Mon, Jun 12, 2017 - Page 1 News List

Taiwan-designed computer now part of an ISS mission

By Lo Tien-pin and Jonathan Chin  /  Staff reporter, with staff writer

The Taiwanese-designed SG100 Cloud Computer that has been sent to the International Space Station is pictured in an undated photograph.

Photo courtesy of the Chungshan Institute of Science and Technology

A computer designed in Taiwan was sent to the International Space Station (ISS) for testing for a long-term contract, a Chungshan Institute of Science and Technology official has confirmed.

The SG100 Cloud Computer was designed by the institute after NASA opened the contract for the computer to worldwide bids, and it is capable of performing cloud-based computations and upgrading itself during space missions, the official said.

NASA selected the computer for its OA-7 mission after it passed the US space agency’s evaluations with a perfect score, the official added.

NASA launched the OA-7 mission on April 18 to supply the space station with an Orbital ATK rocket, and the SG100’s components were included in the shipment for assembly at the station.

If the SG100 passes a six-month field trial, the institute will be contracted by NASA to design its next-generation space mission computers, the official said.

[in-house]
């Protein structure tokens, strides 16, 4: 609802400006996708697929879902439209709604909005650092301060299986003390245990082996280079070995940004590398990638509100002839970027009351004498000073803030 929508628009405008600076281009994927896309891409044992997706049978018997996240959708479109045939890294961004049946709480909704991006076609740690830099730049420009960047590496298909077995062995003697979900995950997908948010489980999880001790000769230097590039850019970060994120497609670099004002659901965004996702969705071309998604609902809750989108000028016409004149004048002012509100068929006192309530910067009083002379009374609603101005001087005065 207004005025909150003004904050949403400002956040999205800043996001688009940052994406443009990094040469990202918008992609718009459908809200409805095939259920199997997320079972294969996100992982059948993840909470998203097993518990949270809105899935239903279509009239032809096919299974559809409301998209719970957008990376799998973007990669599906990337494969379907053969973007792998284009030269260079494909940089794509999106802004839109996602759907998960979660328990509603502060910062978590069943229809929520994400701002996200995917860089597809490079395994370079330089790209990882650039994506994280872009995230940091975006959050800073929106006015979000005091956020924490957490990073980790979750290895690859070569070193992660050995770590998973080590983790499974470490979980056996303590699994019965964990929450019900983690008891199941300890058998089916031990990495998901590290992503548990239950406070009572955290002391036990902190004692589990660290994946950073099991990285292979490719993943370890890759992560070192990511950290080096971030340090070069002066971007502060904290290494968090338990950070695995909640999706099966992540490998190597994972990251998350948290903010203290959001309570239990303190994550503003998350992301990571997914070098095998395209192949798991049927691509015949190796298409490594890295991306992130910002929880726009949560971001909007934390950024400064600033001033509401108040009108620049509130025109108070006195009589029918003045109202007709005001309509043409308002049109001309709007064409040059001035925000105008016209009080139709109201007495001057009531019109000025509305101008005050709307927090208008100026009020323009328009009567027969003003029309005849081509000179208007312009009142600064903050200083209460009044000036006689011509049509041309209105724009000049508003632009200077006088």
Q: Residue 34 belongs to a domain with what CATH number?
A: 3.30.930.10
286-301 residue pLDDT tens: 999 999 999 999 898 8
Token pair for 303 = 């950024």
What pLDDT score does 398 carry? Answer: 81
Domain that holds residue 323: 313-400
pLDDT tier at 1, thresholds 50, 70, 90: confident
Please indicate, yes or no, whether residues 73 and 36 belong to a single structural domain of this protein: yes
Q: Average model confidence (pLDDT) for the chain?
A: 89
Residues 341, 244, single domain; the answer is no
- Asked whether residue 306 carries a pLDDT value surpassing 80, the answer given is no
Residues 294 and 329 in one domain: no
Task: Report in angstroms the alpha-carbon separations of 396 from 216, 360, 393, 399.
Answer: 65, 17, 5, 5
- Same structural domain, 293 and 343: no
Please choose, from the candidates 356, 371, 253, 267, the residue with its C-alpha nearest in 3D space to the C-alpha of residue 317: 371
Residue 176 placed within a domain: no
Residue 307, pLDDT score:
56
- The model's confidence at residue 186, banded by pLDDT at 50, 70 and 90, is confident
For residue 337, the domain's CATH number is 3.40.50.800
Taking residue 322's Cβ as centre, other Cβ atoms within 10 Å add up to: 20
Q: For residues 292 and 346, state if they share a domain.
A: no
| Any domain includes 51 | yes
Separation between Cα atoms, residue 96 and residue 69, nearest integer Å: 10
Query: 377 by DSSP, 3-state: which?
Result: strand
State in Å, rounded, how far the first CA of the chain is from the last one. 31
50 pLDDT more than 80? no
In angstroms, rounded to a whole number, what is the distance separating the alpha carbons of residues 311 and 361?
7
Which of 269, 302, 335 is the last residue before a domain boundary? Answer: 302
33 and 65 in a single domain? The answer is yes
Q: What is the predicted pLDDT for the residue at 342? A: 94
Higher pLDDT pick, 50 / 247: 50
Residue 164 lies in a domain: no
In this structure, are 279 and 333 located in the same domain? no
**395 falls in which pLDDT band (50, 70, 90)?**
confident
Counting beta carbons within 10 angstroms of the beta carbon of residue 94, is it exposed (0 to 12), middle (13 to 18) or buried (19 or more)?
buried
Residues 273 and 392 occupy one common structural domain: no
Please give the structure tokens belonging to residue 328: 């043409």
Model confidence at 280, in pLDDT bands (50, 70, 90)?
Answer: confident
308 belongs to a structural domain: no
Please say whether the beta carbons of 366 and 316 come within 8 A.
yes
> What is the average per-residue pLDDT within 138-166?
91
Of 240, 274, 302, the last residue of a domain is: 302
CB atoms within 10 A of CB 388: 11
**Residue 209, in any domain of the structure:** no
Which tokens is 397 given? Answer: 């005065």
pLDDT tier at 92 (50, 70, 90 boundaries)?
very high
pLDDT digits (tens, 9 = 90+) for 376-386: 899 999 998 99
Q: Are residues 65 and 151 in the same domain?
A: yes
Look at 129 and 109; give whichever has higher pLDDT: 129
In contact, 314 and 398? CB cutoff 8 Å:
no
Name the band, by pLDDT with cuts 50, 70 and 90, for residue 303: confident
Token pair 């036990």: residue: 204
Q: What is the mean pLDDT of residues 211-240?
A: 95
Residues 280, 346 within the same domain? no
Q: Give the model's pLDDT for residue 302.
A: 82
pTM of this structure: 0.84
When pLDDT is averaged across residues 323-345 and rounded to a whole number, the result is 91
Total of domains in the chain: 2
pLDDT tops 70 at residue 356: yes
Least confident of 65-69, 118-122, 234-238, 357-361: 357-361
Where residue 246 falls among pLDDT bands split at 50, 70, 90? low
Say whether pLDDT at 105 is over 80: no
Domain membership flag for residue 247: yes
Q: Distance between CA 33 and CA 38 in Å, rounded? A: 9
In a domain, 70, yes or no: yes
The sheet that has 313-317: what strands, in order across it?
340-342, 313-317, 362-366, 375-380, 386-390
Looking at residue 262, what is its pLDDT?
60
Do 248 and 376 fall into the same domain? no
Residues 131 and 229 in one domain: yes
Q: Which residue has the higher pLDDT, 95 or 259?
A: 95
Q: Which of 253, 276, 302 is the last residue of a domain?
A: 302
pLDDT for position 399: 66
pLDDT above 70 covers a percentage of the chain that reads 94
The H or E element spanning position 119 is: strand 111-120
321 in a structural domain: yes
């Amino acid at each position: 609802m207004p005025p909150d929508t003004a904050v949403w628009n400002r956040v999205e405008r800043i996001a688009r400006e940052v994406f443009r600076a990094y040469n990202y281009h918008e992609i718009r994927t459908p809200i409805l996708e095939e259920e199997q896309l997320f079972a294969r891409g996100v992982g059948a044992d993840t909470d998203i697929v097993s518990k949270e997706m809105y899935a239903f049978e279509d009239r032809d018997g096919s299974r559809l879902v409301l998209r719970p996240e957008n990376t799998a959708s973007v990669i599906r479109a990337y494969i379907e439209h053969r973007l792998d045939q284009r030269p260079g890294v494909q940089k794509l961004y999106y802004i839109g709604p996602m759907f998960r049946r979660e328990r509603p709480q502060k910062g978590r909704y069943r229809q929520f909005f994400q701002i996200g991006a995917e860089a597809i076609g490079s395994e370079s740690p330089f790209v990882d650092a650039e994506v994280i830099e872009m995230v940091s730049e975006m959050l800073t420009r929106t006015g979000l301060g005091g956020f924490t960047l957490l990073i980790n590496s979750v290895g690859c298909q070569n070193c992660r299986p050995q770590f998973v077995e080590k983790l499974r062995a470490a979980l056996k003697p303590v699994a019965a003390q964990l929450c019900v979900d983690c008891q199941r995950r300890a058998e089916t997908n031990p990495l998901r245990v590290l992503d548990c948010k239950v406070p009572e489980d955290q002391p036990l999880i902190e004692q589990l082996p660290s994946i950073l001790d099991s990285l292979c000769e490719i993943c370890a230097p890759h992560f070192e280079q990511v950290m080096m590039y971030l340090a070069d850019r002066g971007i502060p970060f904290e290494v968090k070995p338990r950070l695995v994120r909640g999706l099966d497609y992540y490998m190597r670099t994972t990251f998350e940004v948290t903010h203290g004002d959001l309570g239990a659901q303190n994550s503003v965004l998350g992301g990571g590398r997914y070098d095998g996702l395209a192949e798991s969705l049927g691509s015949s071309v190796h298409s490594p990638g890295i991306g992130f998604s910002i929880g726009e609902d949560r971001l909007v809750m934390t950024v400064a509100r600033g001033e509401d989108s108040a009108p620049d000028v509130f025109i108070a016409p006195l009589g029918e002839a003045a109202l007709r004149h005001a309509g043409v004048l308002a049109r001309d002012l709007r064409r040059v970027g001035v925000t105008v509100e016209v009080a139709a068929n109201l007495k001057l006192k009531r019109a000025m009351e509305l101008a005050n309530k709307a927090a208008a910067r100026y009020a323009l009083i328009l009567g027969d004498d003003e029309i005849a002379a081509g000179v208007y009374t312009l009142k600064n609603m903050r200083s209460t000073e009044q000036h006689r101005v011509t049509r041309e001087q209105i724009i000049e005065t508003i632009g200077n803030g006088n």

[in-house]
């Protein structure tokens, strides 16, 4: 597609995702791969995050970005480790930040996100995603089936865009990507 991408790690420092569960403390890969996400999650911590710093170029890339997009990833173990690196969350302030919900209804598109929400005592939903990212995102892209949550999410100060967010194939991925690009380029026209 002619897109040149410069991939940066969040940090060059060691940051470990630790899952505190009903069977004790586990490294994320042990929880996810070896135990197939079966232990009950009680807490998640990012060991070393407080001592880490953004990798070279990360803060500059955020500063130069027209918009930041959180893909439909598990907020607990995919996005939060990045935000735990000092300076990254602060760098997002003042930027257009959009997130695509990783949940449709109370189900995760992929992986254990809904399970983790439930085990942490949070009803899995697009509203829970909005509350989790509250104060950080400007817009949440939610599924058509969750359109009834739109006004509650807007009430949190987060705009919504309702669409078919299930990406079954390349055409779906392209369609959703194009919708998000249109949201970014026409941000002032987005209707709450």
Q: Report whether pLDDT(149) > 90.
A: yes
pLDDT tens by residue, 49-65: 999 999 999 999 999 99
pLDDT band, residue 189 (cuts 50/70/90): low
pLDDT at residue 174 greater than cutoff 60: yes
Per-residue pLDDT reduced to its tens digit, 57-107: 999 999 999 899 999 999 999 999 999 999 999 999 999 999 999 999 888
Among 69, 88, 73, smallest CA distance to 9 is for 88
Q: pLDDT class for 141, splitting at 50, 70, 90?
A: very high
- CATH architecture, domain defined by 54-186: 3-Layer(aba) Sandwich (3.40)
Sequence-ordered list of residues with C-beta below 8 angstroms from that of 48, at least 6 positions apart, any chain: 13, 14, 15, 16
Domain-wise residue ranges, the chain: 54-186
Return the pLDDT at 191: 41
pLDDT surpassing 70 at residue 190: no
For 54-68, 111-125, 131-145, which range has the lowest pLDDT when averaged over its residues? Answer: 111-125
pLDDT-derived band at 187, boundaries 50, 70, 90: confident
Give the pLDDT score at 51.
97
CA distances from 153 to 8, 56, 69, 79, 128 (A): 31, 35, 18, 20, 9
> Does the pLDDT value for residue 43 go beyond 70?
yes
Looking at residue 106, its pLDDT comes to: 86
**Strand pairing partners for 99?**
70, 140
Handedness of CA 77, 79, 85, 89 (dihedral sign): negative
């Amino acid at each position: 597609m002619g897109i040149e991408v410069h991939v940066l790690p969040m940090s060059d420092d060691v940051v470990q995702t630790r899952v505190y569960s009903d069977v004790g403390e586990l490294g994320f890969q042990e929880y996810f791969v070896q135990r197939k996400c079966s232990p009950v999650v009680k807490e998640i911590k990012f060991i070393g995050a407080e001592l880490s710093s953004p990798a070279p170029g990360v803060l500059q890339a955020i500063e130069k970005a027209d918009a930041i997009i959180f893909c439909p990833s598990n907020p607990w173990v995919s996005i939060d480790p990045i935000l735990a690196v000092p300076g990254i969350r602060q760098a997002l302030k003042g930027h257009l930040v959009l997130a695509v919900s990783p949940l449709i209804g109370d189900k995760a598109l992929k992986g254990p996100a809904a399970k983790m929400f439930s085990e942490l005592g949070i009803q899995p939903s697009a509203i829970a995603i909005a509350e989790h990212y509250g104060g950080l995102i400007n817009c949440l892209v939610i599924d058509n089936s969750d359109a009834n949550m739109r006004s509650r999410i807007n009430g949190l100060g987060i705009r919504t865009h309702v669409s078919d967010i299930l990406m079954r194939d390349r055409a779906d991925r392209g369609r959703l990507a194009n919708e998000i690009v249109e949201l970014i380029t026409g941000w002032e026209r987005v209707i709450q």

The SG100 Cloud Computer program was a joint effort by the institute, Academia Sinica and National Central University.

The Institute of Nuclear Energy Research and the Chang Gung Memorial Hospital’s Lin-kuo Branch allowed the design team to use their particle accelerator to test the computer’s performance in space-like conditions.

“Data generated by planning, design, analysis and simulation tasks involved in the process had all been evaluated by NASA experts... The final product was then subjected to NASA’s rigorous environmental testing, which the SG100 passed flawlessly,” the official said.

The design team worked with NASA on the computer used by the space station’s alpha magnetic spectrometer (AMS), a computer that has been in use at the station since 2001.

The AMS project was headed by Nobel laureate Samuel Ting, a Taiwanese-American physicist, who was also involved in the development of the SG100.

The OA-7 mission is to involve four key experiments, including testing of the SG100.

The institute last year announced that it was building a lunar lander for NASA’s Resource Prospector mission, which aims to be the first mining expedition on the moon in the early 2020s.

The lunar lander is expected to be completed by next year and the mission is expected to be launched in the early 2020s — if it is given the green light, institute officials said in July last year.

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